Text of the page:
Apr 22, 2009
Will you vote for us? The Animal Rescue Site, together with Petfinder, is sponsoring a challenge to grant money for users' favorite animal rescues.
Please go to:
and type in the name of our rescue (Wisconsin Guinea Pig Rescue, Lake Delton) to help us win money for our rescue. You can vote once a day! Can we have your daily vote? It's so easy to do every day and it could be a lot of help for our rescue pigs. Thank you so much!
Apr 18, 2009
Please help us raise money for Bebe's surgery! This is Bebe, born April 16 to one of our foster pigs who came in pregnant. This beautiful little baby has a condition called entropion eyelid on his left eye and he will need surgery to correct it. If left untreated, it can lead to scratching and scarring of the eyeball and, eventually, blindness. However, he needs to be around 6 months old to have the surgery (he's too little right now!). Can you help? We need to raise $250 for the surgery and will need an additional $50 for vet care and at home care until he is ready. He's just started out in life. We want to give him a chance to live pain-free and to be someone's pampered little darling. If you can only spare a few dollars (we know things are pretty tight right now) it still adds up and it is much appreciated.
Apr 12, 2009
It's SPRING here at the Pig Pen in Janesville! I hope everyone had a Happy Easter and a relaxing spring break. And yes, our rescue is expecting babies! We have recently taken in some rescue females that are expecting. Since spring and new babies are often thought of hand-in-hand, I thought I'd take a few minutes to talk about baby pigs and some interesting facts and thoughts about them.
First of all, we hope that if anyone is thinking of allowing their guinea pigs to have a litter of pups, we hope we can talk you into reconsidering. A guinea pig female can have anywhere from 1 to 7 young, and they grow up very fast. Having two guinea pigs as a pet can be wonderful, but it makes one take pause if you realize that you may end up with the responsibility of 7 to 9 of them. And remember that the lifespan of a guinea pig is 6-8 years, so that is a long-term responsibility. Because there are so many guinea pigs that are awaiting homes in shelters and rescues, it is also not a good idea to allow more pigs to be born.
Pregnant guinea pigs sometimes come into the rescue malnourished, because people don't realize that a pregnant guinea pig needs a specialized diet to help keep her and the pups healthy during gestation and lactation. In addition to having access to an unlimited good quality grass hay (like timothy or bluegrass), the mother must be given an alfalfa-based pellet (like Oxbow brand "Cavy Performance") so that she gets the much needed calcium and nutrients that alfalfa provides. She also needs fresh leafy green vegetables and a variety of other veggies (like cilantro, green or red bell pepper, endive, etc) to provide the proper amount of vitamin C for her body and that of the growing pups. To be on the safe side, additional vitamin C should be provided. This should be in the form of liquid vitamin C (or a portion of a crushed chewable tablet mixed with a bit of juice) that can be syringed directly into the pig's mouth. The vitamin C drops that are sold to add to a water bottle are useless and a waste of money.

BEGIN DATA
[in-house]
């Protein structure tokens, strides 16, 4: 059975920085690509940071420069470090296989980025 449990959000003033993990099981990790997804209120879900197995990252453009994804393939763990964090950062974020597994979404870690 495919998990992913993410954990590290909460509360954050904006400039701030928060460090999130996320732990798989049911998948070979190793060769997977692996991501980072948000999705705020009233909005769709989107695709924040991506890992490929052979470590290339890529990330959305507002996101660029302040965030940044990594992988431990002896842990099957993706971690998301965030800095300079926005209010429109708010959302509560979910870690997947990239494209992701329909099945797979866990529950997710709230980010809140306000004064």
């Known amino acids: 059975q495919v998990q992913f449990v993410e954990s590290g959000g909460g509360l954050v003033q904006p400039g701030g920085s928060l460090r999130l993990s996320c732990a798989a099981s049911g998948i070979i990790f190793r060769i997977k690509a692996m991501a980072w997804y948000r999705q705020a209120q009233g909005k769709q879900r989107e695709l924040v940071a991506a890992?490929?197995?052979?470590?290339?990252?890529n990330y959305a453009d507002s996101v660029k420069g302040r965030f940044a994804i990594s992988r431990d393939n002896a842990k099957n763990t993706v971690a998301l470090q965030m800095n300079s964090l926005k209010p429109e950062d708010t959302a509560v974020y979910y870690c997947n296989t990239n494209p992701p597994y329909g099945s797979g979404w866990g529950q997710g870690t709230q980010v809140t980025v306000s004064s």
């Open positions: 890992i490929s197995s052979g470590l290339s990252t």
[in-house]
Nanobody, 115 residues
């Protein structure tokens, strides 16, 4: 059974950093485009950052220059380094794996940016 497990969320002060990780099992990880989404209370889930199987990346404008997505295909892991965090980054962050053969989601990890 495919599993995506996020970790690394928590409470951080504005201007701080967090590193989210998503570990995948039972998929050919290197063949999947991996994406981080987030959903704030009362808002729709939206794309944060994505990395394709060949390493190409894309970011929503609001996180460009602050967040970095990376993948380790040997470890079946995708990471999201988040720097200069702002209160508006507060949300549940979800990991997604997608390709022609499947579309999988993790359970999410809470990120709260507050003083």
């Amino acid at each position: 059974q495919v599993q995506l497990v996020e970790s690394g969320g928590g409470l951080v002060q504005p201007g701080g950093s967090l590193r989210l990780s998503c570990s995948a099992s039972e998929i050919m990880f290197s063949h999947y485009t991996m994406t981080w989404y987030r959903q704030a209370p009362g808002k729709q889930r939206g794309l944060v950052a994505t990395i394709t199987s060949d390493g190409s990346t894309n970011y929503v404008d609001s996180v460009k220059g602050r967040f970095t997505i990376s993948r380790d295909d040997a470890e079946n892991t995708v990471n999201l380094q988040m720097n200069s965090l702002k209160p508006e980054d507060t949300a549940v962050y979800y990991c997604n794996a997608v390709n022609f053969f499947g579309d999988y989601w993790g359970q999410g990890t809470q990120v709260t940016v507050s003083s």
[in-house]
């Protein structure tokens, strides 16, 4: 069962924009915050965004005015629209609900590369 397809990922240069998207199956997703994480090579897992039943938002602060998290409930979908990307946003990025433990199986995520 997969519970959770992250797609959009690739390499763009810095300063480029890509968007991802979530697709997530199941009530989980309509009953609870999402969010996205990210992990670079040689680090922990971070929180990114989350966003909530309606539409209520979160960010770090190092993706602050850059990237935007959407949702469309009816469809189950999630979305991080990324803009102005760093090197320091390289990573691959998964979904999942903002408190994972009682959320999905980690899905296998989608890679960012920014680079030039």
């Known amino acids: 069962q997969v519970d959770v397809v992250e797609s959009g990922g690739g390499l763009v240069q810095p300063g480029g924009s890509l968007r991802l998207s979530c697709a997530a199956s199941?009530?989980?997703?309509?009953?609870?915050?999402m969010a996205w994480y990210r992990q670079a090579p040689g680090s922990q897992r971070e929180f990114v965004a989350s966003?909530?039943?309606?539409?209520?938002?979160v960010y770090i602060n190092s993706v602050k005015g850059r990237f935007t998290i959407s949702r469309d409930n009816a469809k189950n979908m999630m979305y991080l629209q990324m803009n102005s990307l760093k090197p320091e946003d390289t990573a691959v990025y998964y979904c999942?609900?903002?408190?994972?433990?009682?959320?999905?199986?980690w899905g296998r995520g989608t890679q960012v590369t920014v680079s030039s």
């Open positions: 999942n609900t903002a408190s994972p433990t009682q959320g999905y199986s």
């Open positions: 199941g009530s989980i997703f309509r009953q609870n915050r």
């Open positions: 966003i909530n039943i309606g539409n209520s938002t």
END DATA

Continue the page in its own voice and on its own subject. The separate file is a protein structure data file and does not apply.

The average gestation period for a guinea pig is 68-72 days. It is a long gestation period for a small animal but it is necessary because the babies are born fully formed. They will be able to run around very shortly after birth. Most newborn pigs weigh between 2 and 3 ounces. It is important to note that guinea pigs do not always have easy births and there is a risk of death for the mother and the pups. It is important to be aware of this before allowing a beloved sow to breed. It is also important to know that the mother will come into heat right after giving birth, so she will become pregnant again if she is still with a boar. Allowing a back-to-back pregnancy to occur is extremely risky to the sow and should never be allowed.
Baby pigs become sexually mature at 4 weeks of age (yeah, wow!), so baby boy pigs should be removed from the mother and sisters at exactly 21 days to prevent even more unwanted pregnancies. For the first 4 weeks, they should be weighed daily on a digital kitchen scale to ensure that they are progressing well (Momma pig should also be weighed daily). A pup that is showing a failure to thrive should be taken to be examined by a cavy savvy vet to determine what the problem is in order to save the pig.